18th February – MOON – Moon is at last quarter – The Moon will be prominent in the dawn sky, rising at around midnight. From Scarborough, it will be visible in the morning sky, becoming accessible at around 02:37, when it rises 7° above your south-eastern horizon. It will then reach its highest point in the sky at 06:04, 20° above your southern horizon. It will be lost to dawn twilight at around 06:52, 20° above your southern horizon. Over coming days, the Moon will rise later each day, so that it is visible for less time before sunrise and it less far above the eastern horizon before dawn. By the time it reaches new moon, it will rise at around dawn and set at around dusk, making it visible only during the daytime.

20th February – MOON/SATURN – The Moon and Saturn will make a close approach, passing within 3°34′ of each other. The Moon will be 23 days old. From Scarborough, the pair will be difficult to observe as they will appear no higher than 12° above the horizon. They will be visible in the dawn sky, rising at 03:54 (GMT) – 3 hours and 18 minutes before the Sun – and reach an altitude of 12° above the southern horizon before fading from view as dawn breaks at around 06:48. The Moon will be at mag -11.3 in the constellation Sagittarius, and Saturn at mag 0.2 in the neighbouring constellation of Ophiuchus. The pair will be too widely separated to fit within the field of view of a telescope, but will be visible to the naked eye or through a pair of binoculars.

22nd February – MOON/PLUTO – The Moon and 134340 Pluto will share the same right ascension, with the Moon passing 2°47′ to the north of 134340 Pluto. The Moon will be 25 days old. From Scarborough, the pair will be difficult to observe as they will appear no higher than 8° above the horizon. They will be visible in the dawn sky, rising at 05:16 (GMT) – 1 hour and 52 minutes before the Sun – and reach an altitude of 8° above the south-eastern horizon before fading from view as dawn breaks at around 06:43. The Moon will be at mag -10.6, and 134340 Pluto at mag 14.9, both in the constellation Sagittarius. The pair will be too widely separated to fit within the field of view of a telescope, but will be visible through a pair of binoculars.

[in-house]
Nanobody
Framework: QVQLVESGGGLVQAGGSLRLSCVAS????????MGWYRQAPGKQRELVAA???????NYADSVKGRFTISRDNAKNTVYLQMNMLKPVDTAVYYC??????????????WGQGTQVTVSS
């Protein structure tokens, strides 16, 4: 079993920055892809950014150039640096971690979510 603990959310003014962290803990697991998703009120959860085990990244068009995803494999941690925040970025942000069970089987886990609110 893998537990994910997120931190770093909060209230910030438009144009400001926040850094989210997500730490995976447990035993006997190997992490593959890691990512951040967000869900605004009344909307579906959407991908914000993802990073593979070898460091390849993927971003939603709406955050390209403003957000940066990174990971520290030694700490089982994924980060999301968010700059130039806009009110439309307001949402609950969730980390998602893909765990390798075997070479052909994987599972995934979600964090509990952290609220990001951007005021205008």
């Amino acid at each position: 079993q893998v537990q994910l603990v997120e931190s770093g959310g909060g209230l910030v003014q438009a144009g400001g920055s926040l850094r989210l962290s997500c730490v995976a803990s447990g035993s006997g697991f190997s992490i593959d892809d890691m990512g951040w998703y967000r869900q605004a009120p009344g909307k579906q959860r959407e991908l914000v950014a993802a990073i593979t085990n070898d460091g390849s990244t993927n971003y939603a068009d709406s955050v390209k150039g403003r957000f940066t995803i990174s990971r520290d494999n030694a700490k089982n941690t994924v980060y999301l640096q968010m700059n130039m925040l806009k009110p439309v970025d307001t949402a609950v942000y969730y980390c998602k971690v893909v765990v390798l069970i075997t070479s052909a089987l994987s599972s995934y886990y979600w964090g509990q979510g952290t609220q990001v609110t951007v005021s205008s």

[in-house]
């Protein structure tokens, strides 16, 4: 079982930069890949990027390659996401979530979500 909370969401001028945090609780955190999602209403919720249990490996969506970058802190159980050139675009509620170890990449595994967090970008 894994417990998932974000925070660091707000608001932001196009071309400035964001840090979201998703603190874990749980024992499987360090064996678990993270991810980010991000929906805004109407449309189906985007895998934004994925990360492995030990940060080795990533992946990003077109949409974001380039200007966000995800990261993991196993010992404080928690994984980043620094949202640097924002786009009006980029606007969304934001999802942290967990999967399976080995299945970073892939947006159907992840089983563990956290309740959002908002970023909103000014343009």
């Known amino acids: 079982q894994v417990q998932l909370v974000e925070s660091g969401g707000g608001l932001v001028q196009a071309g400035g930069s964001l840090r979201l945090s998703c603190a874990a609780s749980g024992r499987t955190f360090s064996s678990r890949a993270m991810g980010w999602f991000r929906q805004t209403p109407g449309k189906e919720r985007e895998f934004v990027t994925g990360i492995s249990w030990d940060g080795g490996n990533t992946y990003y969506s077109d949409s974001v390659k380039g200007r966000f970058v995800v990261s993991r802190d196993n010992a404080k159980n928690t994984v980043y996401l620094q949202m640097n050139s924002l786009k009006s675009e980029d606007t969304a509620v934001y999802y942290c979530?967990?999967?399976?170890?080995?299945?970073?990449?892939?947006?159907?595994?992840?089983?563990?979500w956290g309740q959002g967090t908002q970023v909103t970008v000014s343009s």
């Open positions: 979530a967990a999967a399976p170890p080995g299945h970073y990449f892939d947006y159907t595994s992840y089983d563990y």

26th February – NEW MOON – Now is the time to be looking at all the Deep Sky Objects with no moon to interfere

27th February – MARS/URANUS – Mars and Uranus will share the same right ascension, with Mars passing 0°37′ to the north of Uranus. At around the same time, the two objects will also make a close approach, technically called an appulse. From Scarborough, the pair will become visible at around 18:21 (GMT) as the dusk sky fades, 27° above your south-western horizon. They will then sink towards the horizon, setting 4 hours and 12 minutes after the Sun at 21:41. Mars will be at mag 1.0, and Uranus at mag 5.9, both in the constellation Pisces. The pair will be a little too widely separated to fit comfortably within the field of view of a telescope, but will be visible through a pair of binoculars.

28th February – MOON/VENUS – The Moon and Venus will share the same right ascension, with the Moon passing 10°15′ to the south of Venus. The Moon will be 2 days old. From Scarborough, the pair will become visible at around 17:58 (GMT) as the dusk sky fades, 26° above your western horizon. They will then sink towards the horizon, setting 3 hours and 35 minutes after the Sun at 21:09. The Moon will be at mag -9.7 in the constellation Cetus, and Venus at mag -5.4 in the neighbouring constellation of Pisces. The pair will be too widely separated to fit within the field of view of a telescope or pair of binoculars, but will be visible to the naked eye.

Dates highlighted in BOLD are good photographic opportunities

AIUK – Astronomy Imaging UK – https://www.facebook.com/groups/453388178104679/

sister group to ……

AUK – Aurora UK – https://www.facebook.com/groups/AuroraUK/

Note: Times are UK (BST) unless noted differently.

Share

Leave a Reply

Your email address will not be published. Required fields are marked *

Time limit is exhausted. Please reload CAPTCHA.